Manitoulin Pet Rescue trying to cope with influx of surrendered animals – CTV News Northern Ontario
A registered non-profit group that helps animals in need located on Manitoulin Island says it has been overwhelmed dealing with a large increase of dogs and cats being abandoned.
Manitoulin Pet Save has been saving creatures since its inception in 2015.
Close to 400 dogs and puppies have come through the rescue plus over 550 cats and kittens.
The volunteers said lately, they are feeling confused and burned out after seeing so many pets being forgotten or surrendered by their owners.
“Both emotionally, physically financially. We all lose sleep at night over these animals and the ones that we know need to come into care, ” said Carly Valiente, the volunteer and the dog intake and adoption coordinator with Manitoulin Pet Rescue.
“Sometimes having to say no, and the stress of saying simply no, as well as the consequence of saying no, if we don’t have space for an animal. ”
The cat consumption and ownership coordinator with the group, Kathy Jewell, said numbers are usually higher than they’ve ever been.
“Everyday I’m alerted in order to cats that are strays in the community, female cats with litters of kittens, people wanting to surrender, there’s been a lot of abandoned pet cats this year, ” stated Jewell.
“I used to get cycles where in the spring time we’d have lots, we’ve gone into December with only a couple adult felines and now we’re going into Dec with lots of cats and that’s unprecedented. ” The cat intake plus adoption coordinator using the team told CTV News intake numbers for cats and kittens are higher than they have ever been. (Supplied) Valiente mentioned it’s unfortunately become a regular occurrence.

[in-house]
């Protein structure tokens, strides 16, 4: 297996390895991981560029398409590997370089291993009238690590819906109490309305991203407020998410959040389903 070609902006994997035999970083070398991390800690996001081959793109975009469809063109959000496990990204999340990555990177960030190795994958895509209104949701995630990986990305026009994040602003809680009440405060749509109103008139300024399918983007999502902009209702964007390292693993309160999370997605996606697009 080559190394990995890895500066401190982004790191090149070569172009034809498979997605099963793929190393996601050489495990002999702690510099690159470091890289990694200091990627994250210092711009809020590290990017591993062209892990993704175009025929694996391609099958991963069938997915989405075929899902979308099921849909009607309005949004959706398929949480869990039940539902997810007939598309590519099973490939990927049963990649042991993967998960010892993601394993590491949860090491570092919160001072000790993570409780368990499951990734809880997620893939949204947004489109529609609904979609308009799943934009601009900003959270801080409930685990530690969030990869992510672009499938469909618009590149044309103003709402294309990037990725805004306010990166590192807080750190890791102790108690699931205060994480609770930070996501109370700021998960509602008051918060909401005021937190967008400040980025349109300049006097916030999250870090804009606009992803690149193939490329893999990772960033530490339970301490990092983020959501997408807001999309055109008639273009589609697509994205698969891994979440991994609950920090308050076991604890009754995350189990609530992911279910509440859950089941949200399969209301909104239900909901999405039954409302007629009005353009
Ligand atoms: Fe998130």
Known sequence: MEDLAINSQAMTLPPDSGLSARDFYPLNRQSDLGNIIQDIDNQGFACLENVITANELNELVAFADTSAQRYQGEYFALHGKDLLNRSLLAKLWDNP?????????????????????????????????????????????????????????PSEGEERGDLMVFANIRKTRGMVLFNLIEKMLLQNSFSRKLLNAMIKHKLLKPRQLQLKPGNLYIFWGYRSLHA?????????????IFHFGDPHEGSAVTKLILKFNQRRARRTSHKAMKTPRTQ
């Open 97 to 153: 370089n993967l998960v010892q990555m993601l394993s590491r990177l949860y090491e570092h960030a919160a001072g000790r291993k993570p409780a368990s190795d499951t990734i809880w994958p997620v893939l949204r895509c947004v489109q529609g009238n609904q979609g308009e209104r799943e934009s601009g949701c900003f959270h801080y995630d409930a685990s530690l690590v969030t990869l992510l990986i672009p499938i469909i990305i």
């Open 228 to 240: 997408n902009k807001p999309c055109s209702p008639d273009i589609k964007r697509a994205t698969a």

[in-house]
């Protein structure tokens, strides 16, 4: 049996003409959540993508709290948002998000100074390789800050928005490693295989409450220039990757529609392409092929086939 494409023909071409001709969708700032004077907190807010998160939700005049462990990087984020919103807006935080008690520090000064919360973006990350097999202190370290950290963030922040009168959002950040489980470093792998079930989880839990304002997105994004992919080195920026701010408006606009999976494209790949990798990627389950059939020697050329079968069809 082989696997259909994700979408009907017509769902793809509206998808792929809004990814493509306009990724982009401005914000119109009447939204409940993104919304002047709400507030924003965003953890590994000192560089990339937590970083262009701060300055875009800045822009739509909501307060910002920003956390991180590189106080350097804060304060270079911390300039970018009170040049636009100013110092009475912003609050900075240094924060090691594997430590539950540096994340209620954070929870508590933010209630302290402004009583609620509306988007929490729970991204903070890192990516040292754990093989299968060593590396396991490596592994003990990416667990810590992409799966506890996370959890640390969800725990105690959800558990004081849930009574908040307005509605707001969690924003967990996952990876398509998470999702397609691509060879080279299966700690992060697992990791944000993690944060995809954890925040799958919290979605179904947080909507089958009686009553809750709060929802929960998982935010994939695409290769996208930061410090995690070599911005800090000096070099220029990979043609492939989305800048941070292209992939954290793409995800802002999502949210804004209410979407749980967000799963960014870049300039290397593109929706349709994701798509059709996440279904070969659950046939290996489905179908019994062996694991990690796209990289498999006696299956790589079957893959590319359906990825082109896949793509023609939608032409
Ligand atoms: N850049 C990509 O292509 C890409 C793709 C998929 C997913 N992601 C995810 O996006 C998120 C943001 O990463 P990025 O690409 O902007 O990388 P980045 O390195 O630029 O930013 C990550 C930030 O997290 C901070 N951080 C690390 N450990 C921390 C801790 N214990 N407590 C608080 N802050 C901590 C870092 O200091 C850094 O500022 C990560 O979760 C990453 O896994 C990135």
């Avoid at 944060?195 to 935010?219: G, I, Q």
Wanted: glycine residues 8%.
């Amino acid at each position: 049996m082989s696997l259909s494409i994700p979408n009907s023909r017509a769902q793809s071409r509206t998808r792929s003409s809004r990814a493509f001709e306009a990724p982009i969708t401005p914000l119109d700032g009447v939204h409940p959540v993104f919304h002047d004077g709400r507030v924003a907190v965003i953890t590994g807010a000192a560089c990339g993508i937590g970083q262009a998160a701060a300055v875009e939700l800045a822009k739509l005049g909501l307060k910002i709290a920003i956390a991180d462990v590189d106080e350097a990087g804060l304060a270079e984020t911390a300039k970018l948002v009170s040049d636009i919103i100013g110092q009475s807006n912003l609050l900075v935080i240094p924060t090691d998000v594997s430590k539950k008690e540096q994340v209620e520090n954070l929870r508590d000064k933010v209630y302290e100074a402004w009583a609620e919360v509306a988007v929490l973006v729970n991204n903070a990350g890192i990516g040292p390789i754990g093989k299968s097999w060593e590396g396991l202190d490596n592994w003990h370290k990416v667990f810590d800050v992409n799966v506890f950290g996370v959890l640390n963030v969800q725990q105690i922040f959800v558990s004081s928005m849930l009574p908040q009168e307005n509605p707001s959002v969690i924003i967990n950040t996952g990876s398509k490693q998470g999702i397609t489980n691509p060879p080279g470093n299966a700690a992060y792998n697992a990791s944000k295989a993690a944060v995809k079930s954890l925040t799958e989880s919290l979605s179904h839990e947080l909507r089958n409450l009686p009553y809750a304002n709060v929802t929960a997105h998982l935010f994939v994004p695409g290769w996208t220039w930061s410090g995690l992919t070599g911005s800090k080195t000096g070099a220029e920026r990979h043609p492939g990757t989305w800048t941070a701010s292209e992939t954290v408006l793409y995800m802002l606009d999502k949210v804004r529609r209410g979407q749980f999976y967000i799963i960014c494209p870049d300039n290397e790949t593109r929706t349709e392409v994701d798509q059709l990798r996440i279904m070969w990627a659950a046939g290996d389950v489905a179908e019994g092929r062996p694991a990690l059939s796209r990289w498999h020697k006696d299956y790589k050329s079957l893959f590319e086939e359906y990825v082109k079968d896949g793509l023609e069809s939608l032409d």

“Just about three or four days ago, the homeless dog came across my radar that literally had no home, it was just left, the particular owners simply moved away, ” she added.
“Just within the last couple of months I can think of four that have just already been dumped on various parts of Manitoulin. ” The particular dog consumption and re-homing coordinator along with Manitoulin Pet Rescue told CTV Information they are usually needing to turn animals aside because they do not possess space with regard to them. (Supplied) The group added that will in the near future it’s hoping to receive government funding to help find a facility to house pets in require on the island, especially if the particular numbers continue to climb.
“We have so many incredibly dedicated fosters plus volunteers who would absolutely love to visit the shelter, assist our animals, walk the particular dogs, feed them… that is not an issue by any means but all of us just need a facility, ” said Valiente.
In the meantime, without a facility, the rescue group said with all the large influx associated with animals, it’s currently in need of a number of foster homes, as well because donations associated with cat and dog food or monetary contributions.
For those interested in helping out, you can contact the Manitoulin Dog Rescue group on Facebook.